We've also released a new beta for the existing Microsoft.Net.Http package in version 2.2. It adds support for AutomaticDecompression. Since this added substantial functionality to HttpClient, we decided to ship a beta instead of updating the stable release we shipped a week ago.

Here is our tentative release schedule for turning Microsoft.Net.Http 2.2 into a stable release:

  1. End of June: RC of HttpClient 2.2 with automatic decompression
  2. Around July (depending on feedback): RTM of HttpClient 2.2 with automatic decompression

This timeline depends on your feedback. So please let us know what you think of Microsoft.Bcl.Compression, and how the new version of HttpClient works for you!

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  • @Jaans: We are aware of this issue and are working with NuGet to resolve it. Meanwhile, the easiest solution is to check-in the Microsoft.Bcl.Build.targets file (you don't need to check in any binaries though).

    @Matt H: Regarding automatic decompression being opt-in: Good point, I guess it could have been enabled by default. The reason it was decided to make it opt-in was based on the fact that the previous HttpWebRequest already shipped in the same way.

    Regarding shipping standalone binaries: We don't have any plans on shipping standalone binaries as we rely on certain features that are provided by NuGet (for example, installing custom target files in order to participate in the build). However, we do understand that downloading bits from the internet isn’t a viable solution in all cases. Fortunately NuGet has support for that. All you need is someone to download the NuGet packages (*.nupkg) you want be usable in your organization  and copy them to a file share, e.g. \\shared\nuget. You can point NuGet to any package feed, including simple file shares. NuGet also supports storing that information local to your project. Please have a look at the NuGet documentation for more details (docs.nuget.org/.../nuget-2.1).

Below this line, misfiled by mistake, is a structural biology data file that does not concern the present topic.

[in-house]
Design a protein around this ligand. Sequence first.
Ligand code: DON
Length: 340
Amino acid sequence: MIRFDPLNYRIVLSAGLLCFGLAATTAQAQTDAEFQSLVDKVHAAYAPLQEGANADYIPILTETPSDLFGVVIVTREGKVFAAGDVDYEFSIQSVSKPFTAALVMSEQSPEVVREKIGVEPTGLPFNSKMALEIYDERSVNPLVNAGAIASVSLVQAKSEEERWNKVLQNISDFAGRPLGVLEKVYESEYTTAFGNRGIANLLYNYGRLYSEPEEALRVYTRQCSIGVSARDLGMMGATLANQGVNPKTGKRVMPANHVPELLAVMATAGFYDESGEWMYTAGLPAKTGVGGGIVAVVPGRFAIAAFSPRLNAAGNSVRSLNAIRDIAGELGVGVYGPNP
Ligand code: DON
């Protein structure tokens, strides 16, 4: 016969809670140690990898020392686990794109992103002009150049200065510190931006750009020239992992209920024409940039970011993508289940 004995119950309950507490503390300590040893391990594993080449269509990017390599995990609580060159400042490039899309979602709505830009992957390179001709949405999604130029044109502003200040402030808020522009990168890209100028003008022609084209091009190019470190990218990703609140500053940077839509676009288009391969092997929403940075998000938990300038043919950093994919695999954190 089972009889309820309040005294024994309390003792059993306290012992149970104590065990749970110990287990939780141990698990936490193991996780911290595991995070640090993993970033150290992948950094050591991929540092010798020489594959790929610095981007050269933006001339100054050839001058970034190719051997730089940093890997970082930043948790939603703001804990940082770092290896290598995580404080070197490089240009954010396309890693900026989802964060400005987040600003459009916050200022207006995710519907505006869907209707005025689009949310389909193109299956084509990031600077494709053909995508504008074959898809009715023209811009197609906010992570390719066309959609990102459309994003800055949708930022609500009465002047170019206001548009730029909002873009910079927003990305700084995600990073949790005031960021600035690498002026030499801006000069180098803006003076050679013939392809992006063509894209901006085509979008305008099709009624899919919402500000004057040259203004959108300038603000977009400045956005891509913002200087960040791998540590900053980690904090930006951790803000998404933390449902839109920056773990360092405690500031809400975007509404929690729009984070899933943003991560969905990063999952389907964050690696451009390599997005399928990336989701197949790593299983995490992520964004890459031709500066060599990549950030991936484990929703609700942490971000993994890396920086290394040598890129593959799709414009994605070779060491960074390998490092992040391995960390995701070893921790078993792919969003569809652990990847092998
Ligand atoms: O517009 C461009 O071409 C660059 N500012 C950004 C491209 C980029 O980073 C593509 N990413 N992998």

• @Jesper:  >> Does it have range requests figured out?

    Sorry -- just realized I never replied to you. Can you explain a bit more what exactly you are looking for?

  • Another request for making this work on Silverlight plz.

  • Good to see more functionality going in the portable .NET classes and less in the legacy classes.   An effort to lower the reliance on win32 legacy APIs would be a plus as well.

  • @Ted: This will happen over time. In the past, the primary reason we offered .NET APIs that were essentially just wrappers around Win32 was due the fact that the programming model of Win32 is so fundamentally different and often isn't as approachable as managed APIs. The new Windows Runtime APIs (WinRT) have basically the exact same programming model as .NET and are virtually indistinguishable in terms of convenience and discoverability.

    We don't see a problem with relying on Win32 APIs to implement managed APIs -- for example, the runtime has to call Win32 APIs to allocate memory or create threads. However, moving forward we want to avoid providing simple wrappers around Windows technologies. In the past that often meant we got in the way when Windows shipped updates to those technologies (for example, WPF didn't expose the new shell features for a while). Given that most of the new APIs are made available as WinRT there is little reason for us to build wrappers.